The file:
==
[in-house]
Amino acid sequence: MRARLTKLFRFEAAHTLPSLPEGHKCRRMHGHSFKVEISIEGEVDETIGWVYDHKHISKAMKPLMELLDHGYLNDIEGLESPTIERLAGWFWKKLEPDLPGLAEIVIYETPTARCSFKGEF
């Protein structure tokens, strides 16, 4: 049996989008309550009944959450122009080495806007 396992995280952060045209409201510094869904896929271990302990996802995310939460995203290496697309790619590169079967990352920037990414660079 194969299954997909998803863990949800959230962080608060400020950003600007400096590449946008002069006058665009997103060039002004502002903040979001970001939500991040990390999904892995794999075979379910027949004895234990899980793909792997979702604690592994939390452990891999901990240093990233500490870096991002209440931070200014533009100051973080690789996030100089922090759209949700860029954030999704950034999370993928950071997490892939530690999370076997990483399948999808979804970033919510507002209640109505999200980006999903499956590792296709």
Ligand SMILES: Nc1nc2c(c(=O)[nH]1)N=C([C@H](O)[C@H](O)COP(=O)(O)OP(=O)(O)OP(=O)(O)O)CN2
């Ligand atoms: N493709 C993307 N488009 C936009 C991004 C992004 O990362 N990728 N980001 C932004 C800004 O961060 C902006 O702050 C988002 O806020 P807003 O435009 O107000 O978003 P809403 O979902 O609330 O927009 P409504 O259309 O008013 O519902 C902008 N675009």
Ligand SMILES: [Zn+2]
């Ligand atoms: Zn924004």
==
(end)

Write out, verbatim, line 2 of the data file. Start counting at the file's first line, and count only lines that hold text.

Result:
Amino acid sequence: MRARLTKLFRFEAAHTLPSLPEGHKCRRMHGHSFKVEISIEGEVDETIGWVYDHKHISKAMKPLMELLDHGYLNDIEGLESPTIERLAGWFWKKLEPDLPGLAEIVIYETPTARCSFKGEF